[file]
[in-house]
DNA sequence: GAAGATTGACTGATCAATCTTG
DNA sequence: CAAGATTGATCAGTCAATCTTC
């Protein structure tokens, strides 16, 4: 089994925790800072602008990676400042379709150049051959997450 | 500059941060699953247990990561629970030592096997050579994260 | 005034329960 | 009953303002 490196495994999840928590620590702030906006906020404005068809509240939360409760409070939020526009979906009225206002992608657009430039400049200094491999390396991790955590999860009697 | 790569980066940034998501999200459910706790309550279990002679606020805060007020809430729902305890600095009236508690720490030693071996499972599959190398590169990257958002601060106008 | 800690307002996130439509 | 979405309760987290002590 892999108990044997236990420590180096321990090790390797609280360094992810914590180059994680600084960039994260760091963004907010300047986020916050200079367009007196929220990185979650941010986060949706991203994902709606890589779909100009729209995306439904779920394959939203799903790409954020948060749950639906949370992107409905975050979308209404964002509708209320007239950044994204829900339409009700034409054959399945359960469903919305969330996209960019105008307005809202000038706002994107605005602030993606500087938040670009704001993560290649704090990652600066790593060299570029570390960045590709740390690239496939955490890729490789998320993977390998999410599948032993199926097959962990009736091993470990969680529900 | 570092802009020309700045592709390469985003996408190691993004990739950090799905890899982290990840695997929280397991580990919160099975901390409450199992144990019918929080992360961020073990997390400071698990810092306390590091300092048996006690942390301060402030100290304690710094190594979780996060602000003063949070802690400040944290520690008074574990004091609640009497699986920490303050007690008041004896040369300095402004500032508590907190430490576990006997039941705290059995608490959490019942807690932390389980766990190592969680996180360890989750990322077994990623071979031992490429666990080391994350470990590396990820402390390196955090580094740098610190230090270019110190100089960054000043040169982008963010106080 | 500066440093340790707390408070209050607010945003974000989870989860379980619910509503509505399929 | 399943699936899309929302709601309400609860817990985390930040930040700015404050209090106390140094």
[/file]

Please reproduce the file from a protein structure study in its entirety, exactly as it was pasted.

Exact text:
[in-house]
DNA sequence: GAAGATTGACTGATCAATCTTG
DNA sequence: CAAGATTGATCAGTCAATCTTC
């Protein structure tokens, strides 16, 4: 089994925790800072602008990676400042379709150049051959997450 | 500059941060699953247990990561629970030592096997050579994260 | 005034329960 | 009953303002 490196495994999840928590620590702030906006906020404005068809509240939360409760409070939020526009979906009225206002992608657009430039400049200094491999390396991790955590999860009697 | 790569980066940034998501999200459910706790309550279990002679606020805060007020809430729902305890600095009236508690720490030693071996499972599959190398590169990257958002601060106008 | 800690307002996130439509 | 979405309760987290002590 892999108990044997236990420590180096321990090790390797609280360094992810914590180059994680600084960039994260760091963004907010300047986020916050200079367009007196929220990185979650941010986060949706991203994902709606890589779909100009729209995306439904779920394959939203799903790409954020948060749950639906949370992107409905975050979308209404964002509708209320007239950044994204829900339409009700034409054959399945359960469903919305969330996209960019105008307005809202000038706002994107605005602030993606500087938040670009704001993560290649704090990652600066790593060299570029570390960045590709740390690239496939955490890729490789998320993977390998999410599948032993199926097959962990009736091993470990969680529900 | 570092802009020309700045592709390469985003996408190691993004990739950090799905890899982290990840695997929280397991580990919160099975901390409450199992144990019918929080992360961020073990997390400071698990810092306390590091300092048996006690942390301060402030100290304690710094190594979780996060602000003063949070802690400040944290520690008074574990004091609640009497699986920490303050007690008041004896040369300095402004500032508590907190430490576990006997039941705290059995608490959490019942807690932390389980766990190592969680996180360890989750990322077994990623071979031992490429666990080391994350470990590396990820402390390196955090580094740098610190230090270019110190100089960054000043040169982008963010106080 | 500066440093340790707390408070209050607010945003974000989870989860379980619910509503509505399929 | 399943699936899309929302709601309400609860817990985390930040930040700015404050209090106390140094």